Steam of Life
Beautiful but bleak documentary about Finnish sauna culture
(E) 81 min
There are five million people in Finland, and an estimated two million saunas – roughly one per household. They form an integral part of Finnish culture: women are encouraged to give birth in them, while men use the steamy rooms both as social venues and confessional spaces where they can strip off their worldly responsibilities along with their clothes and sweat out their psychological burdens. From the stories on offer in Steam of Life, we can conclude either that Finland is one of the most depressing places on Earth, or that directors Joonas Berghäll and Mika Hotakainen purposefully populated their film with the saddest souls in the Nordic region.
Tale after tale of childhood abuse, dead spouses, prison terms, miscarriages, industrial accidents and divorce are all laid bare, with the subjects’ initial awkwardness in the camera’s presence giving way to outpourings of grief. The bleakness of tone is compounded by cinematographers Heikki Färm and Jani Kumpulainen, who intersperse the soul-baring sessions with lengthy static shots of the cold, desolate wilderness that surrounds the speakers on all sides. These scenes are beautifully melancholic but utterly comfortless, as is the lonely piano score by Jonas Bohlin that accompanies them.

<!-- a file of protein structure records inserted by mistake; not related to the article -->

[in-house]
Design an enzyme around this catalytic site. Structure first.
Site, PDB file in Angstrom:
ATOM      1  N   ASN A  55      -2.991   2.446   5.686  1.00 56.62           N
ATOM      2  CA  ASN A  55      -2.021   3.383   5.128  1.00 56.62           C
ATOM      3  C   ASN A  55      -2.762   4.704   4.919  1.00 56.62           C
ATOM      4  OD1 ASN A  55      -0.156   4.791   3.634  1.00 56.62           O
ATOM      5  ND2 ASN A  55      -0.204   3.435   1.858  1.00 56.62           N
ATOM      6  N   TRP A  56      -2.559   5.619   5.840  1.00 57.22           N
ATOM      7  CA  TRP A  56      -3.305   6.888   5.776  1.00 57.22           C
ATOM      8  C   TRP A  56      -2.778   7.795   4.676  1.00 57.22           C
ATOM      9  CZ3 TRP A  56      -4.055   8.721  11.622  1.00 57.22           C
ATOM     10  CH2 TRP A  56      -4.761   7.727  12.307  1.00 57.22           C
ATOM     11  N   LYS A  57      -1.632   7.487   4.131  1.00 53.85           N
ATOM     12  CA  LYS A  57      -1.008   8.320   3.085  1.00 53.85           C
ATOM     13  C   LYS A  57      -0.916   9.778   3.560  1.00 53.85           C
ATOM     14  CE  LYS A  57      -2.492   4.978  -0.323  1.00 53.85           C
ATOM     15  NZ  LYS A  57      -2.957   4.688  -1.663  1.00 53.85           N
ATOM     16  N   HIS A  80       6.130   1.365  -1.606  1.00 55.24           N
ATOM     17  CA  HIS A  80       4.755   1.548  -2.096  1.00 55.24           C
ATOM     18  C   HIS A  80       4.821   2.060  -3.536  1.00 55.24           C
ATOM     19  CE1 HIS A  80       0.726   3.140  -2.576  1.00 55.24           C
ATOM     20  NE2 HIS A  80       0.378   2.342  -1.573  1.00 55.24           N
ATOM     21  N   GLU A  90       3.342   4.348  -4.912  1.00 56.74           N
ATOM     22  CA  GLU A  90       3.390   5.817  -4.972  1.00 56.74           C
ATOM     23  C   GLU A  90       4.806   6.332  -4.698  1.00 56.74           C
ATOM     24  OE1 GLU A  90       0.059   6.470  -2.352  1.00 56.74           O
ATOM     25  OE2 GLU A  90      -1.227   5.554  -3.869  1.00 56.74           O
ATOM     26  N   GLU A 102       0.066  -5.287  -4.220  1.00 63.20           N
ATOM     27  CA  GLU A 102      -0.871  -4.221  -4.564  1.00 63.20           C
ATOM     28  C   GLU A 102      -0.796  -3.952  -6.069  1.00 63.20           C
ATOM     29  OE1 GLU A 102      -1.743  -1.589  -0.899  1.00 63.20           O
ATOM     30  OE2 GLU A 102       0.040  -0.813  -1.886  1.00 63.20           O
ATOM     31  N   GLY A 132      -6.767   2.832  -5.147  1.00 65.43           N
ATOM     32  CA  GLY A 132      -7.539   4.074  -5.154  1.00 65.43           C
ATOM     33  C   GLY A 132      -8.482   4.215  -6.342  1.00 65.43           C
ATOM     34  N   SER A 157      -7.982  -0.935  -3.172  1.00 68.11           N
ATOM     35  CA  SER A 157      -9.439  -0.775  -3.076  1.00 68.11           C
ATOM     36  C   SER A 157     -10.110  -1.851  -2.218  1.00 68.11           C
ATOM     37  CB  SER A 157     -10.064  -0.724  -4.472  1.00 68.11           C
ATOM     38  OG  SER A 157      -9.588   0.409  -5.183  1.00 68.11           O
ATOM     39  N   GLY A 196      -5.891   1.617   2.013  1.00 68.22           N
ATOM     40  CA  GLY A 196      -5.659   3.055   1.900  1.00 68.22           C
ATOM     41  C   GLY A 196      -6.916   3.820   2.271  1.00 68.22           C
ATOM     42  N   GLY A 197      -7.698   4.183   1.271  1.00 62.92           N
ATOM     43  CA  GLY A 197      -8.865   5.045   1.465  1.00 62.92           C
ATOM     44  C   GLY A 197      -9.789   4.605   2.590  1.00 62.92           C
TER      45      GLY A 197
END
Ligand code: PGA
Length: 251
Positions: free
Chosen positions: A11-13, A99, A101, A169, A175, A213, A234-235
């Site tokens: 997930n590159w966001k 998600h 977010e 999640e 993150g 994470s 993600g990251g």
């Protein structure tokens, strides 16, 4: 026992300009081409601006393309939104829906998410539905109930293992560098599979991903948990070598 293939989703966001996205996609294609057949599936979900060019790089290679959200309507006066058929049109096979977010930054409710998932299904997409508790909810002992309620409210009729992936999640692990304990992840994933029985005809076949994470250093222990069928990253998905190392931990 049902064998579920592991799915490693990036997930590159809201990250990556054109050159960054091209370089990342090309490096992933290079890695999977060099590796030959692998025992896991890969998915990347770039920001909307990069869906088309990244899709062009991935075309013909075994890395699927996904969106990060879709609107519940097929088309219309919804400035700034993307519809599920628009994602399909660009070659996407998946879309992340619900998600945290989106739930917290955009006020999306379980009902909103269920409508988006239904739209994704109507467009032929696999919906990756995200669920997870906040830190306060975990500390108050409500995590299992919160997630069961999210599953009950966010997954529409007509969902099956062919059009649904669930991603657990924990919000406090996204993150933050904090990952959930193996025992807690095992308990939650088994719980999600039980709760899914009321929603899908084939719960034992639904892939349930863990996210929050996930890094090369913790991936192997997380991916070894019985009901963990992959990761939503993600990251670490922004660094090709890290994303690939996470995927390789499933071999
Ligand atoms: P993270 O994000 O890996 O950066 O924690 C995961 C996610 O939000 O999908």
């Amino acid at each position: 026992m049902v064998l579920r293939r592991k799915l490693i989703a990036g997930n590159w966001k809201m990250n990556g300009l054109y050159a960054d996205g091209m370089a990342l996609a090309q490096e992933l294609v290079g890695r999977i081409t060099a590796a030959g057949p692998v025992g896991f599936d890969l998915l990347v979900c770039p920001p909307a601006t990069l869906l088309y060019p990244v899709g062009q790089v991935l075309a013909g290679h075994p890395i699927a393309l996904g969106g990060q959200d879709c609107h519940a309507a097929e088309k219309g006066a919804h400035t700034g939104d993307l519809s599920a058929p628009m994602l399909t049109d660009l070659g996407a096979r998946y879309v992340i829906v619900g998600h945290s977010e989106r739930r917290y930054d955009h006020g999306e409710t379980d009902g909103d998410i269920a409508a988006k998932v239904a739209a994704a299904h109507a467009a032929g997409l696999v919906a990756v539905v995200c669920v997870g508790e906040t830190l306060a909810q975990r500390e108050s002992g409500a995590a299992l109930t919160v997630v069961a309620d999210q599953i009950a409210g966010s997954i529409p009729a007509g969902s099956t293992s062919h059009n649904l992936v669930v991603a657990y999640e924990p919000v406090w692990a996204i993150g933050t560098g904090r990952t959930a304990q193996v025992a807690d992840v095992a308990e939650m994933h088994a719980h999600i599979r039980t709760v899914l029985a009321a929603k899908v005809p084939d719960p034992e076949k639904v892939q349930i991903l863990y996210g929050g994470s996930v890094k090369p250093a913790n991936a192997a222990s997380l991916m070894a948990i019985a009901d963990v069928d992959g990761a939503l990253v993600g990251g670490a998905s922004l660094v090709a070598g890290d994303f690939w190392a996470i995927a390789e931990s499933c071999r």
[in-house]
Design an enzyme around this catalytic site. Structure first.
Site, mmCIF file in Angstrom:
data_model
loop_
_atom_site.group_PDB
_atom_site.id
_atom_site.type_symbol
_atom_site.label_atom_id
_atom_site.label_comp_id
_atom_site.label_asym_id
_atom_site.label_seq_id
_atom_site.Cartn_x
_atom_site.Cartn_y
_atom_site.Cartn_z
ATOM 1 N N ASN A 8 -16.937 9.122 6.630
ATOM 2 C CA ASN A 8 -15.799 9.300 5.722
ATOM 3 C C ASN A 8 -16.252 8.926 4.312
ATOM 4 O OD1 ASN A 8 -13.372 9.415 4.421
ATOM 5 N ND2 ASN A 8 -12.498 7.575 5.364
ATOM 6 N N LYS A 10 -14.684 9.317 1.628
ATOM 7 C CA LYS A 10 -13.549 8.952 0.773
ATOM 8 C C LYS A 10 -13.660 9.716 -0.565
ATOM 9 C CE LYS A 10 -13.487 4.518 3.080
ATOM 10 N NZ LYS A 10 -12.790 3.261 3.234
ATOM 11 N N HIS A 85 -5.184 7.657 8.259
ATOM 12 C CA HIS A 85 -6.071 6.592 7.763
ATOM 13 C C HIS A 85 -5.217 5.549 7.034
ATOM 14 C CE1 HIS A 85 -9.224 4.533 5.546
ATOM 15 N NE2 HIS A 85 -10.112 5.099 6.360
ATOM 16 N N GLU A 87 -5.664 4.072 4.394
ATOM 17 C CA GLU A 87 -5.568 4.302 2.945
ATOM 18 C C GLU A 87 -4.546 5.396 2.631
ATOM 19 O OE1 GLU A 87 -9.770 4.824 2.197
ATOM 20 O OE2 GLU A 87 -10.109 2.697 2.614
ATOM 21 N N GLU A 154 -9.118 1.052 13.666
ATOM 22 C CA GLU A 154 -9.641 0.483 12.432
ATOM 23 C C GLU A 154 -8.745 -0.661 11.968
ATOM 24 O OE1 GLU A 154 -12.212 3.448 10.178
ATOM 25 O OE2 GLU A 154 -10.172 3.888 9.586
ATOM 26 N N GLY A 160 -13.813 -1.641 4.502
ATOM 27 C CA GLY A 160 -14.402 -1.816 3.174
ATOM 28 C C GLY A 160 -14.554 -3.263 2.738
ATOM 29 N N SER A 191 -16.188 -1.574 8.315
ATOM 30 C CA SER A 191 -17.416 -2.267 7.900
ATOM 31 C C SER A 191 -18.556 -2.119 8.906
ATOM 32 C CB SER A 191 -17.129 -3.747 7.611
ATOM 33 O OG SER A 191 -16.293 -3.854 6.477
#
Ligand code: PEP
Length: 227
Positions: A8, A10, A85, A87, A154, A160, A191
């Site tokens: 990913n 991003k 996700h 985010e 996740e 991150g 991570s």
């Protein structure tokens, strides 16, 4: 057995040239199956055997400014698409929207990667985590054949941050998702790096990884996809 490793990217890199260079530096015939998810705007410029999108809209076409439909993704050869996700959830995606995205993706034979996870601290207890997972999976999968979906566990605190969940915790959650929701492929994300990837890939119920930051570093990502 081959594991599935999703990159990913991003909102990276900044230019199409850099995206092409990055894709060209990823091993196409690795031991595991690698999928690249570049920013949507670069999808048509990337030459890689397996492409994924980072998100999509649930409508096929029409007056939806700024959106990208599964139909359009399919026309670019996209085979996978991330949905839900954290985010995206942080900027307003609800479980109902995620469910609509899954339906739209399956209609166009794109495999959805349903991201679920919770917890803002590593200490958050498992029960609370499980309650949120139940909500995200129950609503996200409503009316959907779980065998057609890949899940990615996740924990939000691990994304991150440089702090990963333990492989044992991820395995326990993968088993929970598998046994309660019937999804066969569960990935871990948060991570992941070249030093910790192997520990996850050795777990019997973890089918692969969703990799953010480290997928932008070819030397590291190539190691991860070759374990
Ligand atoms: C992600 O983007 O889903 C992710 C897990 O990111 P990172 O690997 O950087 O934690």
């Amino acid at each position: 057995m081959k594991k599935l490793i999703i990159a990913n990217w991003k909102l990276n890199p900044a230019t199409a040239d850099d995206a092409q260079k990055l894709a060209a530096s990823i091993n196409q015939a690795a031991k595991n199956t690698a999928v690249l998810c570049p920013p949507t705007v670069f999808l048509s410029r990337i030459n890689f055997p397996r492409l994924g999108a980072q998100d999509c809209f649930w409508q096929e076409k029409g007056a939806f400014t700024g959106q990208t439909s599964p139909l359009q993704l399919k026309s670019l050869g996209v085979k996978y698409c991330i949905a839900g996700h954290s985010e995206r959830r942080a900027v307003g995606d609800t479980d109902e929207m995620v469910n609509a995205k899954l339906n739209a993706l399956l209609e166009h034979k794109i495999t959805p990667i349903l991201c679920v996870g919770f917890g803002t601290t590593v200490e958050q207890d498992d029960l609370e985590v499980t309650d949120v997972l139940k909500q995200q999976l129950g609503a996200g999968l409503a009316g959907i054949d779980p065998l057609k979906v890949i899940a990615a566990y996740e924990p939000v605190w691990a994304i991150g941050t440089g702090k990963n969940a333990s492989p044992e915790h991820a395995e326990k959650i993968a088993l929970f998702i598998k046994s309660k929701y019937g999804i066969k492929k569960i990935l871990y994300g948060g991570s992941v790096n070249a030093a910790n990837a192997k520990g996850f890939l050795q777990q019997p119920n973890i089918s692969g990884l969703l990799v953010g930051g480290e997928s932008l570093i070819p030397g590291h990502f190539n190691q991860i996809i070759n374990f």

The film isn’t a complete downer – one man talks of his favourite sweat-box companion, who is then revealed to be a playful grizzly bear; another improvises a sauna inside a telephone box. However, these scenes are passed over quickly; for the most part, the audience has to soak up the sadness that flows abundantly from the pores of the protagonists. As a site-specific sauna screening, the film might be a success, but without a similar method of cathartic release for those watching, it’s a little too much to bear.
Steam of Life is showing as part of Edindocs at Church Hill Theatre, Edinburgh, at 2.20pm on Sun 18 Sep.